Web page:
First, there was the Instagram post from an amazing fiber-artist friend. She crochets and knits and felts and sews amazing, whimsical things I adore. But this was a short video of her FIRST attempt at spinning. GASP! It looked nearly perfect—to me anyway. She insisted I just couldn’t see the flubs. Ha! I wanted to cry when I considered how long I have been striving to spin that well. I did whisper a few hateful words to myself, but I fought the tears of despair. Some people are just naturally gifted—I thought encouragingly—others have to struggle. But, crud, why do I have to be a struggler?

Second, there was a Facebook post written by a young friend bemoaning some mistakes in his past for which he is still paying the price. I tried to encourage him writing that mistakes make the best teachers. He “liked” my wise-old-woman message, and I hope he took it to heart. Heck. I hope I did, too.

Third, I fought my sleep-deprived way out of the house this morning forcing myself to attend a flow yoga class. It has been quite a while since I’ve practiced vinyasa, and my strength is seriously waning—both physically and emotionally. I was definitely the oldest and the heaviest participant there, and at one point I landed with an ungraceful thud when I just couldn’t balance my bod for even one more unflowing moment. Oh! How embarrassing—what was I thinking coming here in this kind of shape?

Fourth, on the way home from said class, I listened to an interview on NPR with Ryan Holiday, the author of Ego is the Enemy. One premise of his book is that our social media culture mainly shows us the highest highs and the lowest lows of those we follow. The thuds and flubs and mistakes along the learning process are usually carefully staged, filtered, and posted very rarely—if they are ever seen at all. It’s the perfect apple pie or always-happily-smiling family or oiled, rippling abs that we see. And who can compare with that? I mean–why even try? Holiday believes that this culture keeps many from achieving what we could if we were more willing to fall and tangle and struggle and crash. And you know what? So do I.

Okay then. I have gotten at least four communications in less than 24 hours telling me to keep fighting the good fight. Message received already! Write. Knit. Weave. Spin. Twist. Tangle. And balance! You cannot learn to walk, Lisa, if you don’t land on your butt a few times—unless you’re just naturally gifted. Ugh! And there’s a blue bruise on my hip to remind me that that’s not the case. I am a warrior (a bff told me recently), and that’s nothing to be ashamed of.

Be a warrior!

Be a warrior!


Go in the strength you have, my friends. And I’ll keep going, too. Namaste!




By Lisa Huddleston


I can’t really publish this as I would like to, because it’s meant to be a song, and I have rarely ever written a tune (ONCE). Therefore, I’m just going to throw these words out and see what happens.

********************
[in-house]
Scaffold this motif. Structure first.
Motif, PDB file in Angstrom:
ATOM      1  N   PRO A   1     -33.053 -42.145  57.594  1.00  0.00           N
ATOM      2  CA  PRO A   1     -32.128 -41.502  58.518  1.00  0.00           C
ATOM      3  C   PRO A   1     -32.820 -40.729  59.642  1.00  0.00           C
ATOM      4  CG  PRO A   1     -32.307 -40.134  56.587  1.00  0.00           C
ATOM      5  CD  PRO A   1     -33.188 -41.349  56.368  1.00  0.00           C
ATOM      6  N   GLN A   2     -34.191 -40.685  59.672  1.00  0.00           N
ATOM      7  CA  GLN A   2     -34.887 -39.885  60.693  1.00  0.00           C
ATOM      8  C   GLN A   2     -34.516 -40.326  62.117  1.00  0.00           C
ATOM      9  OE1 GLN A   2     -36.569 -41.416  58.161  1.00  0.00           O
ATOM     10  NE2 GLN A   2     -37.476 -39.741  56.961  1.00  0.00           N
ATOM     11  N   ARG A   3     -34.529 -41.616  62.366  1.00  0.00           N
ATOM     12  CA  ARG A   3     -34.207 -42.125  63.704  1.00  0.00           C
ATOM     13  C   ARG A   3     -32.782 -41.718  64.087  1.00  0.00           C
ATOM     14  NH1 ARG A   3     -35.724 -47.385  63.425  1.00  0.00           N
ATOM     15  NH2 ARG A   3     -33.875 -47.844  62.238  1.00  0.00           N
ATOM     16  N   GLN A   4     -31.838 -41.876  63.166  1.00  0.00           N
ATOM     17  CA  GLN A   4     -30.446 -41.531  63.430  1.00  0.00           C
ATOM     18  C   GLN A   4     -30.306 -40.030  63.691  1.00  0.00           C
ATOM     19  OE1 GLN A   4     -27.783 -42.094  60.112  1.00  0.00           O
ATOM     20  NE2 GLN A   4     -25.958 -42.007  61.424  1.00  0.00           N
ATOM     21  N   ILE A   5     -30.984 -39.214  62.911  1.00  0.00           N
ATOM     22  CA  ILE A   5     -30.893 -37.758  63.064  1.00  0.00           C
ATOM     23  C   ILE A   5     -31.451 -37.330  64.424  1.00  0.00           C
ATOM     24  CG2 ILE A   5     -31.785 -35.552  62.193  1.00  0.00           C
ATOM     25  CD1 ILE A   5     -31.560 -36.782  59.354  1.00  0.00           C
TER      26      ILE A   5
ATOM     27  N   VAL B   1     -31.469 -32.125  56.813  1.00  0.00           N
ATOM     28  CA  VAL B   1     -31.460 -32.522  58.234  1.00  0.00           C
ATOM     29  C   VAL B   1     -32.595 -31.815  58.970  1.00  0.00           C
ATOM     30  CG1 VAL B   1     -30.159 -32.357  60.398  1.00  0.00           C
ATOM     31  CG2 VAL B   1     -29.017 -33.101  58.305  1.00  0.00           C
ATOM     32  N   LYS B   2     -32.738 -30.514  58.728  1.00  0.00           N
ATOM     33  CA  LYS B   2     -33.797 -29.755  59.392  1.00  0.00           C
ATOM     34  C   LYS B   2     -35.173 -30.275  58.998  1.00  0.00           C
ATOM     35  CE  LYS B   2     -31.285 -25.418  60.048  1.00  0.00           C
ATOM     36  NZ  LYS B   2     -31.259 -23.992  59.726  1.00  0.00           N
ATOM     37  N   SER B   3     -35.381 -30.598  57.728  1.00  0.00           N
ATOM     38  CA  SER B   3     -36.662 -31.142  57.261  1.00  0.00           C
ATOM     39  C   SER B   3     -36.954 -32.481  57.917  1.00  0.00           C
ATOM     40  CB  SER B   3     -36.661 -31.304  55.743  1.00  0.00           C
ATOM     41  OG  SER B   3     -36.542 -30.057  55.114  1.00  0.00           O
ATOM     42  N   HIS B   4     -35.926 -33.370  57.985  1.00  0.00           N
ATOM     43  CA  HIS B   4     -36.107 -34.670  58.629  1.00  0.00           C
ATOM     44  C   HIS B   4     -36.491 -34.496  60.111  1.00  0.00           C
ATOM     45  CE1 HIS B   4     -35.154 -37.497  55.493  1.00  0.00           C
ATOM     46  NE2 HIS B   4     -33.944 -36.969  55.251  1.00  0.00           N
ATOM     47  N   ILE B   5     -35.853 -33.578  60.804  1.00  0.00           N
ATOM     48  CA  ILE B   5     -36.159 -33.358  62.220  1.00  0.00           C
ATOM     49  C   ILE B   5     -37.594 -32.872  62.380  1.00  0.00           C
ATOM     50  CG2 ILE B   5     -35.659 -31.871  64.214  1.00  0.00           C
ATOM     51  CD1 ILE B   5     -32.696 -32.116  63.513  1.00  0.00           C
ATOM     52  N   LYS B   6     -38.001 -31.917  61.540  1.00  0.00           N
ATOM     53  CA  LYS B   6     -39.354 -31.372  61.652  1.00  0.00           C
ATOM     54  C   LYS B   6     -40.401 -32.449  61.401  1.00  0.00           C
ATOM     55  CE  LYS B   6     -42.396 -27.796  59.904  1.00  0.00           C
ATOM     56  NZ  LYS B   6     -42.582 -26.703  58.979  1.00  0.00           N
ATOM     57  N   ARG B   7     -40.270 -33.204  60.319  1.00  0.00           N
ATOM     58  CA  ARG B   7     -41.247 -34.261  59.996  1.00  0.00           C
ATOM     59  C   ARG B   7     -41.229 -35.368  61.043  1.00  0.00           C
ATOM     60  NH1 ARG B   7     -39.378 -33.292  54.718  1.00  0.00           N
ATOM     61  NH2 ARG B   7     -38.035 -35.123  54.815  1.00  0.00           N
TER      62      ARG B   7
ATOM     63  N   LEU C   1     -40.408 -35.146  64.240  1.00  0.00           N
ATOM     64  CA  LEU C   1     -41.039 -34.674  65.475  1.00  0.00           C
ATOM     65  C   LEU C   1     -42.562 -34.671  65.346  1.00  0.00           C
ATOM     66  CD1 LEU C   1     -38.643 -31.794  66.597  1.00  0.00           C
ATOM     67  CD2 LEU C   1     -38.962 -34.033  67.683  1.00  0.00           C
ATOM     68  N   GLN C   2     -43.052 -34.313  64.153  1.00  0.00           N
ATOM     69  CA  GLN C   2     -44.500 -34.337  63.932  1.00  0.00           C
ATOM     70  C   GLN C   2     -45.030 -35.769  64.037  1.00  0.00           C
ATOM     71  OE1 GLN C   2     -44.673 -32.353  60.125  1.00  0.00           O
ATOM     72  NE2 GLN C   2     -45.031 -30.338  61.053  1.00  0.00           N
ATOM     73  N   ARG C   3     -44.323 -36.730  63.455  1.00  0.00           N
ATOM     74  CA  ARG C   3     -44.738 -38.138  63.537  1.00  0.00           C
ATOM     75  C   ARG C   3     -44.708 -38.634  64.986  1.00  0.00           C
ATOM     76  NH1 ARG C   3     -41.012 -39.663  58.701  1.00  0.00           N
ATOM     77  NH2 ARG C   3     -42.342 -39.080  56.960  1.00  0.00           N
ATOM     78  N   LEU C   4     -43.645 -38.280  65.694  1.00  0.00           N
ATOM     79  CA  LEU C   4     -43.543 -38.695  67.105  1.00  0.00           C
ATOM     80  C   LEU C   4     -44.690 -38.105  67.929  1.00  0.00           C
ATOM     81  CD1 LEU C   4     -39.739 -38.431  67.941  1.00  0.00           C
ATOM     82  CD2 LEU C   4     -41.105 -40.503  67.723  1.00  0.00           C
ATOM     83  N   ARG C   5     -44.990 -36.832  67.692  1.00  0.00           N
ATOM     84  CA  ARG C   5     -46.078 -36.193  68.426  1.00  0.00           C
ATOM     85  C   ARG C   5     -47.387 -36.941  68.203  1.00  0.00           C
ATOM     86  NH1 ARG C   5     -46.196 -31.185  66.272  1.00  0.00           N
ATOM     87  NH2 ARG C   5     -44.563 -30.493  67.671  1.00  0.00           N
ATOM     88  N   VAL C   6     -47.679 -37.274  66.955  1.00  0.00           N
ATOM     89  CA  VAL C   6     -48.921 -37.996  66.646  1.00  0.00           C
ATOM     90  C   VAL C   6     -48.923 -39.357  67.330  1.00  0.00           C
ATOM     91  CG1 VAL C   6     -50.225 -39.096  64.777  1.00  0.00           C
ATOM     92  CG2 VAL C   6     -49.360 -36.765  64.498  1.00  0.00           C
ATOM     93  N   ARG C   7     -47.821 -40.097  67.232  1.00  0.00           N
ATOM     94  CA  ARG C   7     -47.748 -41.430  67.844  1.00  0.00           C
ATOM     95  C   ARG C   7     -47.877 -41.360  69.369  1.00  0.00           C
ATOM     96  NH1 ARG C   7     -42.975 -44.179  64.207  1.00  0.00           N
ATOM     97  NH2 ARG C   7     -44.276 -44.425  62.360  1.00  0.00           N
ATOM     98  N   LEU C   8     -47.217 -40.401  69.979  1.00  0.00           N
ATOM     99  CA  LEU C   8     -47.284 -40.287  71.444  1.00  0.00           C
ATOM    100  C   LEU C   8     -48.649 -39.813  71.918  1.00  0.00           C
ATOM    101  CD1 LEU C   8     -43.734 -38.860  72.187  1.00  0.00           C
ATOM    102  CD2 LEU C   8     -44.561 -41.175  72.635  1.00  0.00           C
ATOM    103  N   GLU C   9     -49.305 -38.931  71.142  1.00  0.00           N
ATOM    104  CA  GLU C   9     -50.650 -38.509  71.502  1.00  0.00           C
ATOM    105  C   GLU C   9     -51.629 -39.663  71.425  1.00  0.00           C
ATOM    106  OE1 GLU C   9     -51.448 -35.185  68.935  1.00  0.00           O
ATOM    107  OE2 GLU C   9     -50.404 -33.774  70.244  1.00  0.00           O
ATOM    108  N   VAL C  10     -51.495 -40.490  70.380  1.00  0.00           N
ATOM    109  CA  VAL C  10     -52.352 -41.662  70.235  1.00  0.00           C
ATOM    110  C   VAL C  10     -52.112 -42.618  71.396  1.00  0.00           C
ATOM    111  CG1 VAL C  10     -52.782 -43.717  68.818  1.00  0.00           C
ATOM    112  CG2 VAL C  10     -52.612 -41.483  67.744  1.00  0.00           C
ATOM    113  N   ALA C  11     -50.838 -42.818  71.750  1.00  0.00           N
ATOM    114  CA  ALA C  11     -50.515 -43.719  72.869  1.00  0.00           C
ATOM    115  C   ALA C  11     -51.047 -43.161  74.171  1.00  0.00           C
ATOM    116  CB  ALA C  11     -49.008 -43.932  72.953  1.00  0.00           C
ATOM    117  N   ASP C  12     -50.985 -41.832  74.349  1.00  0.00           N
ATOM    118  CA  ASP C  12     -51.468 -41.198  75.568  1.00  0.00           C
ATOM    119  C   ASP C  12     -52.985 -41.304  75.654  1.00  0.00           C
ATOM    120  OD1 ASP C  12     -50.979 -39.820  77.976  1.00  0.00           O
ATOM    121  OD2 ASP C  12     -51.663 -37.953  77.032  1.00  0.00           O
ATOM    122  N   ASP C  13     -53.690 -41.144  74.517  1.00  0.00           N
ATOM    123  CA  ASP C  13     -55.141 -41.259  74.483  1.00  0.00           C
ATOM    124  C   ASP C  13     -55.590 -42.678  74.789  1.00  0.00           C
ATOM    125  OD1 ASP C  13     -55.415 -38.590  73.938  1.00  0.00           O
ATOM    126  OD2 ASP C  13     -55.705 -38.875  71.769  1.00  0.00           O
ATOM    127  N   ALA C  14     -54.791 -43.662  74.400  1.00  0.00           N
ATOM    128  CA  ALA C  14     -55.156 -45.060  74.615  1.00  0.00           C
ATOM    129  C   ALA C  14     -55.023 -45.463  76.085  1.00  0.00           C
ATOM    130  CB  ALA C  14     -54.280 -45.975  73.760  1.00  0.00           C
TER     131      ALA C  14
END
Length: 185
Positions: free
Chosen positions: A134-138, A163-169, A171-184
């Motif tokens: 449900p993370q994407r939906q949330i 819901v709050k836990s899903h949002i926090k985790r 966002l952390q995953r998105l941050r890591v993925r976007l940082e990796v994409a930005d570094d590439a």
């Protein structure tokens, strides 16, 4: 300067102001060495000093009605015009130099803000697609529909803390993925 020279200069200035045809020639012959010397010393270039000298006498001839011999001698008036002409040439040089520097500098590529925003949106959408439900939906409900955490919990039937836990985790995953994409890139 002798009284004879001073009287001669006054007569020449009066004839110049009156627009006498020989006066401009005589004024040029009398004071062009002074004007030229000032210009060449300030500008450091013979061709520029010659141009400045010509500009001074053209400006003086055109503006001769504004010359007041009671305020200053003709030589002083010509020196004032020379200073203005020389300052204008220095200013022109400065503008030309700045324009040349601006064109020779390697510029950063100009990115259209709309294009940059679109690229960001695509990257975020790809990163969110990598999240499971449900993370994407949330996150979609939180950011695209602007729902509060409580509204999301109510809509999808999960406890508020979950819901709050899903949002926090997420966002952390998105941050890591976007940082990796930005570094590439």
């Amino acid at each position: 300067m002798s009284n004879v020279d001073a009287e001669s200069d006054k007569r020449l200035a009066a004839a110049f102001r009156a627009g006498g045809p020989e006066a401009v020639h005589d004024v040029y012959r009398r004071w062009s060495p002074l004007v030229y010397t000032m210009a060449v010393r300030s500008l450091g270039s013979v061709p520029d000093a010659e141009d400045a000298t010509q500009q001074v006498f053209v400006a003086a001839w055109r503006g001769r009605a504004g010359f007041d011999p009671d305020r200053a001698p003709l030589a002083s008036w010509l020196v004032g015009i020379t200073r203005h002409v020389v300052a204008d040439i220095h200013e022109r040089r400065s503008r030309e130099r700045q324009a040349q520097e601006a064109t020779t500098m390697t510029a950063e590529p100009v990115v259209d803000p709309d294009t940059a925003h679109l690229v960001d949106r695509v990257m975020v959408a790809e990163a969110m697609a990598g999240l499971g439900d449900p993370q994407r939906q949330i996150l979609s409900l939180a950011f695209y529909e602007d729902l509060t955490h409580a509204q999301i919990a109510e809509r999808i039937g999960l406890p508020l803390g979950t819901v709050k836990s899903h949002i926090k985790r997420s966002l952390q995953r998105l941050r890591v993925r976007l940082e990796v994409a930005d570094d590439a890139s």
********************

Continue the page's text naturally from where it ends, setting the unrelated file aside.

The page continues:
As many of you know, I often battle against despair–I doubt God, I doubt salvation, I even doubt doubt. But, many of you also know that God never lets go of me! I attribute much of His tenacious faith to the beautiful place I live and commonly refer to as “Hudfarm.” This land has been in my husband’s family for five generations, and it is still a nourishing place in which to raise a soul. What a gift!

So … my kids all write music. Maybe one of them will feel moved. And many of my friends are also talented musicians who just may see through the simplistic words and hear the melody of my heart–I imagine it to be acoustic with a slightly, minor key. But who knows? Maybe it’s a rap or a polka or something? Okay, then. Here goes nothin:

“Faith is a Gift”

Faith is a gift, Believing is a gift   (repeat kind of chant-like)

Verse 1

When I feel the sunrise lifting

When I watch it as it sets

Then I know you’re near me

Then your gift I get

Verse 2

When the blossoms flower

And even when they dry

Your colors quench my thirsting

Your love’s the reason why that–


Faith is a gift

Believing is a gift

Only to be given

Nothing I can buy

Faith is a gift

Believing is a gift

As needed as the raindrops

Falling from the sky

Verse 3

When wind chimes ring so softly

When thunder roars then dies

When lightning bugs just flicker

My soul lifts up a sigh

Verse 4

From springtime unto summer

In both wintertime and fall

I feel your Spirit warm me

My heart can’t help but call that–


Faith is a gift

Believing is a gift

Only from the Spirit

Dripping from His lips

Faith is a gift

 Believing is a gift

Drowning out the hatred

With just a single sip

Faith is a gift, Believing is a gift (repeat to end)



By Lisa Huddleston

When the street lights came on, we were supposed to head home.

And our baths were drawn. And Mr. Bubbles and Mommy were waiting. And our Daddy was shrilly whistling out the front door meaning, “Come home, little girl. It’s time to scrub off the dirt ring that’s gathered around your Keds and thank God for another good day.”

And now I lay me down to sleep. I pray the Lord my soul to keep. If I should die before I wake–I hope Mr. Bubbles is waiting and the scum still soaks off with ease and just a little extra rubbing around the ankles. And I’d love to put on clean seer-sucker baby doll pjs to wear to bed.